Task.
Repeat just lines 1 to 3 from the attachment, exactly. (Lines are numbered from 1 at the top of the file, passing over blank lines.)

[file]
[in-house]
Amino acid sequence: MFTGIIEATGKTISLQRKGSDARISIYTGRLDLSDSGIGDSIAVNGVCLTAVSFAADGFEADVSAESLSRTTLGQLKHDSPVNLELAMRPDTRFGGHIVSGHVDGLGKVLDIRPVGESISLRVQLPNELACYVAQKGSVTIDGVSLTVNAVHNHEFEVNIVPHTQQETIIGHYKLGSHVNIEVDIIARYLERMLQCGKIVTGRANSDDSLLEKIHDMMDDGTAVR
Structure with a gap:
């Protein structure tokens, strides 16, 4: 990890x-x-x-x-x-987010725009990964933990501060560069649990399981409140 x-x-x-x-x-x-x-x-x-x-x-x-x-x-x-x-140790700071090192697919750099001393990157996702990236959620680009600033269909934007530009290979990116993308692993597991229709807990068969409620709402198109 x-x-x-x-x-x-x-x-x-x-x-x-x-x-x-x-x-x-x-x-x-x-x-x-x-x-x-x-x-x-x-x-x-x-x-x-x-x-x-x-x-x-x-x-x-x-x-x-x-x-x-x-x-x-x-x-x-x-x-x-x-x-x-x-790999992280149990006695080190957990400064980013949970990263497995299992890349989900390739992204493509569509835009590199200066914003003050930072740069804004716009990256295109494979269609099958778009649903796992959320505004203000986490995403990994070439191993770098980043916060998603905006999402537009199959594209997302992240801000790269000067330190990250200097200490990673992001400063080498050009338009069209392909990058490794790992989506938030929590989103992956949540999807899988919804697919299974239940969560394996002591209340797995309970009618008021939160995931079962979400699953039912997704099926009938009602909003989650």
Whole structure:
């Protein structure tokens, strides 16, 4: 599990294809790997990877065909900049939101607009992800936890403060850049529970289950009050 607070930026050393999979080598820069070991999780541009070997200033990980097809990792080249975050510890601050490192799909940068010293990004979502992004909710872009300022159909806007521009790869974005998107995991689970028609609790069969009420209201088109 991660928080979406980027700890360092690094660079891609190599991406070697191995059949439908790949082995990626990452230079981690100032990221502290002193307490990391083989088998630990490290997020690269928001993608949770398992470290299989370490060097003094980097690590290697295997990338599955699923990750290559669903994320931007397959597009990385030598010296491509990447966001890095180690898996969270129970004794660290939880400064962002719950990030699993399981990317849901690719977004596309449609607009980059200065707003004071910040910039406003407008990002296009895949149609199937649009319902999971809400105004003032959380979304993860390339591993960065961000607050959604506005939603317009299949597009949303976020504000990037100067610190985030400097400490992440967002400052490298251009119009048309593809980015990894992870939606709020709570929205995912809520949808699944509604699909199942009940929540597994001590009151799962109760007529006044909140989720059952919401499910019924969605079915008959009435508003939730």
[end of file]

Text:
[in-house]
Amino acid sequence: MFTGIIEATGKTISLQRKGSDARISIYTGRLDLSDSGIGDSIAVNGVCLTAVSFAADGFEADVSAESLSRTTLGQLKHDSPVNLELAMRPDTRFGGHIVSGHVDGLGKVLDIRPVGESISLRVQLPNELACYVAQKGSVTIDGVSLTVNAVHNHEFEVNIVPHTQQETIIGHYKLGSHVNIEVDIIARYLERMLQCGKIVTGRANSDDSLLEKIHDMMDDGTAVR
Structure with a gap: